Works Cited:

Bergland, C. (2013). Why Do the Songs from Your Past Evoke Such Vivid Memories? Psychology Today. Retrieved March 5, 2017 from

Mercola. (2015). Why Smells Can Trigger Strong Memories. Retrieved March 5, 2017 from

Sprague, D. (2006) “Sex Pistols Flip Off Hall of Fame”. Rolling Stone. Retrieved March 4, 2017 from

Wikipedia (2017) “The Great Rock ‘N’ Roll Swindle”. Retrieved March 4, 2017 from

Wikipedia (2016). “(I’m Not Your) Stepping Stone”. Retrieved March 4, 2017 from’m_Not_Your)_Steppin’_Stone

Wikipedia (2017). “Sex Pistols”. Retrieved March 4, 2017 from


Pictures of You – The Cure

I almost cried today and it is Robert Smith’s fault.

Let me set the scene for you.  I was driving about 60 mph down the two lane highway that connects my home to my work.  The monotony of the drive sometimes gets the better of me.  The droning of public radio and the sprawling farmland can almost lull me back to sleep.  This was the case this morning so I resorted to scrolling through the radio to keep me awake.

I recently picked up a satellite radio and I will say that I love the variety of music that is available. But on a day like today my tolerance and attention are at a low point. I need to find that perfect song to get through what is left of my commute.

Credence Clearwater Revival , Nope.

Grateful Dead, Nope.

Bruno Mars, Nope.

Zac Brown Band, Not today.

That is where I finally come across the 80s alternative rock station. Often times I can pick up a song on this station that stimulates something within me, and that was definitely the case this morning.  The band was The Cure and the song playing was “Pictures of You”. This 1989 release is perhaps one of the most depressing songs I have ever heard.

Back in the late 80s I didn’t really like The Cure. I guess I thought their music was too emotional and too soft for me.  I was a punk rock fan. My bands were Minor Threat, Sex Pistols, Gang Green, and most other garage bands that were popular in the northeast.

Move forward 30 years and I have softened a little.  Although, I will still rock out to The Misfits version of “Where Eagles Dare”on the way to work, I often land on classic or alternative rock stations.  This morning, however, was a little different than most. I didn’t just find I song that I was able to connect to for a few minutes.  This song, “Pictures of You”, captured my full attention and began to stir emotions I didn’t even know existed.

Now have you ever listened to this song? The lyrics are truly poetic and scream of loss and depression.  Here is a quick sample

If only I’d thought of the right words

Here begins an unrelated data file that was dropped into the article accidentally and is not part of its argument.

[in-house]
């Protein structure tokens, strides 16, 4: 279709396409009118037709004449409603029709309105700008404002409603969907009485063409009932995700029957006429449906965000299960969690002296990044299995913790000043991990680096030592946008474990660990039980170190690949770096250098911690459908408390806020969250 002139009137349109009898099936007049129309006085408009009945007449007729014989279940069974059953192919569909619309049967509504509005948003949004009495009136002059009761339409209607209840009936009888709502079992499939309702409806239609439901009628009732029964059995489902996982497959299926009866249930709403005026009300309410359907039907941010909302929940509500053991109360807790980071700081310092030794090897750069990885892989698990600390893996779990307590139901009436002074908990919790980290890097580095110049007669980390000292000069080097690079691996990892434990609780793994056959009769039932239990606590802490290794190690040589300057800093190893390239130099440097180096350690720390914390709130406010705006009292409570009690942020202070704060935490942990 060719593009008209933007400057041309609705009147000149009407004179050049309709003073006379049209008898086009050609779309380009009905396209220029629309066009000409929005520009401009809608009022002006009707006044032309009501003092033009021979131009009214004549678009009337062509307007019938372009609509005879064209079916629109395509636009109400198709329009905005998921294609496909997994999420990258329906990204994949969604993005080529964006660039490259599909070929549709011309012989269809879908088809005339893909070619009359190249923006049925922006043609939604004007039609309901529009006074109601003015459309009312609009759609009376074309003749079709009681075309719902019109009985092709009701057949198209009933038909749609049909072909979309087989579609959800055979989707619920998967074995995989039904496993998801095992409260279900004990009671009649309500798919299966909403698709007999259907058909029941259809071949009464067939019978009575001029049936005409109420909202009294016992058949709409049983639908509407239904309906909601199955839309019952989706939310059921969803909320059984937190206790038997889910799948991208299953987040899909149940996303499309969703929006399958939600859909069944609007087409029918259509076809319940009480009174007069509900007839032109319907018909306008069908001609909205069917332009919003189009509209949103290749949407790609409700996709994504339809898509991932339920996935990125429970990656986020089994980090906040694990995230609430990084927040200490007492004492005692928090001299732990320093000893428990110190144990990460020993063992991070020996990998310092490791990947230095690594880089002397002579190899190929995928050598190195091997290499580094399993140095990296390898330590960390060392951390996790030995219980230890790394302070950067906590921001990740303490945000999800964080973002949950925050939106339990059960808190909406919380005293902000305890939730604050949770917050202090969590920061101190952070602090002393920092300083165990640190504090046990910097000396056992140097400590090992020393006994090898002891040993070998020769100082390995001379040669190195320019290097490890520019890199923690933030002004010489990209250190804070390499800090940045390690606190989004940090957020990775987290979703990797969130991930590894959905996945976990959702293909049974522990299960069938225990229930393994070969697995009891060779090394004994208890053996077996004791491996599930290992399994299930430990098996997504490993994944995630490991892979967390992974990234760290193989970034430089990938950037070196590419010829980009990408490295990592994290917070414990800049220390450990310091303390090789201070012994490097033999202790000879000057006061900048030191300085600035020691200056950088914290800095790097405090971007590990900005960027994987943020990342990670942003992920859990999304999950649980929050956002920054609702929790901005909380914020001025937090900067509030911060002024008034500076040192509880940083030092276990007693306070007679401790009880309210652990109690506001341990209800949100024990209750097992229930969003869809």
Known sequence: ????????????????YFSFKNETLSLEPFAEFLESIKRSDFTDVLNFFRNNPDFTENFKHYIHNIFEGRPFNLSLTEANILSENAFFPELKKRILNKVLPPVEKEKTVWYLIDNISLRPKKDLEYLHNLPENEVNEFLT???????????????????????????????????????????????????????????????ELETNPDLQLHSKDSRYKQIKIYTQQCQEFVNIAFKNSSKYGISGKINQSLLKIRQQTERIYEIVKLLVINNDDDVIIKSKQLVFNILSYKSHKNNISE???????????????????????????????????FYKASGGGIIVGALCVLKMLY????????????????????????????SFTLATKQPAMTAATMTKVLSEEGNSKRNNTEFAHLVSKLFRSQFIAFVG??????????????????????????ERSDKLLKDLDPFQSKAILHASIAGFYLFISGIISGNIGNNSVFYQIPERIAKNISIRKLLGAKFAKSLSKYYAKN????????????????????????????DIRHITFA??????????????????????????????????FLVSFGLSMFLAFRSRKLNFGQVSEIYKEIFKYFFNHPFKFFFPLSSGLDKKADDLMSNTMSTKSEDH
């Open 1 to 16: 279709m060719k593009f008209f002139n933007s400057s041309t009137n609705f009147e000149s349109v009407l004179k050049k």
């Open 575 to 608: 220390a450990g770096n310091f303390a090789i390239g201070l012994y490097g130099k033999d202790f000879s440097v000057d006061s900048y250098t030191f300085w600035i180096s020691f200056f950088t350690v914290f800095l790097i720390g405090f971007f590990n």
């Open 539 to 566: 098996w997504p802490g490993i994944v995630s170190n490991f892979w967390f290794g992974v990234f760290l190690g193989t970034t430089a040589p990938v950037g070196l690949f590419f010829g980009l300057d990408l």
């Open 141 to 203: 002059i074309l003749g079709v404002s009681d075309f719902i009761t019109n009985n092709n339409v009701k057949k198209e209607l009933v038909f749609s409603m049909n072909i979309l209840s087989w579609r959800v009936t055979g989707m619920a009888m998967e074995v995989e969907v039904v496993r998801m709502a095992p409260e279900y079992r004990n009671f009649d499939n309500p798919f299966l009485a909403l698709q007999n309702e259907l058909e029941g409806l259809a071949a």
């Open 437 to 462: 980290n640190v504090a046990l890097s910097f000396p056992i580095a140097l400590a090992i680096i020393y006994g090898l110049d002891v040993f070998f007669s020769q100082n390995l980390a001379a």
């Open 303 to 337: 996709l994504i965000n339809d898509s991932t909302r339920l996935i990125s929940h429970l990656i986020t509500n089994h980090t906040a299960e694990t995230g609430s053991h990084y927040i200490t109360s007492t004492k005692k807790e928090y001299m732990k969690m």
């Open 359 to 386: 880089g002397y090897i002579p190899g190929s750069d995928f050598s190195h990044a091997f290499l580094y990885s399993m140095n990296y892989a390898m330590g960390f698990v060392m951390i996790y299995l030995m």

I could have held on to your heart
If only I’d thought of the rights words
I wouldn’t be breaking apart
My pictures of you

I don’t know what triggered me.  Was it the lyrics, or was it the way in which Robert Smith sings as if he just had his heart ripped out of his chest.  Maybe it was my ongoing self-diagnosed Seasonal Affective Disorder, or the right combination of events that tapped into some unresolved PTSD, or just overly sensitive nerves due to lack of sleep.  But as I listened to this song, I felt truly sad.

Back in the 1989 I was just 15 years old.  I remember that back then everything was alive.  Every day was a true adventure. Every experience was new, and the world was just starting to unfold.  To say I lived in angst would be an understatement.  Angst was the undercurrent of my life.  At times it was painful.  At other times it couldn’t get any better.  Life was electric and I was just playing in the current.  The Cure wasn’t the soundtrack to my life back then. In fact, The Cure didn’t even get a place in the intermissions of my personal movie.   But now The Cure provided the background music to my personal flashback scene.

There was nothing in the world
That I ever wanted more
Than to feel you deep in my heart
There was nothing in the world
That I ever wanted more
Than to never feel the breaking apart
All my pictures of you

These lyrics triggered memories of all those friends I have lost.  Those that have died from accidents, drug overdoses, or natural causes, their images come rushing to mind.  Those friends that I have never said good-bye to because I didn’t have to strength to stand in front of their graves.

The lyrics made me think of old girlfriends. Memories of promises that I never kept crept back to me.  We were going to be so strong and stay together for ever.  That all changed when I was easily swayed by the opinions of others, or when my own neurosis convinced me that what we had was built on lies and that it could never work.   These thoughts hurt the most.

I am almost a weeping mess as I approach the edge of town.  Merging into traffic it takes everything I have to stay focused on traffic signals.  The red light at the McDonald’s allows the song to come to its end.  I now have 5 more minutes to pull myself together.  Switching the radio back to pop radio station, I listen to a little John Mayer and pull into the parking lot behind work.   I turn the car off, step out into the parking lot, and let the memories of years past get taken away with a brisk morning breeze.

Damn You Robert Smith!  Or maybe I should say Thank You.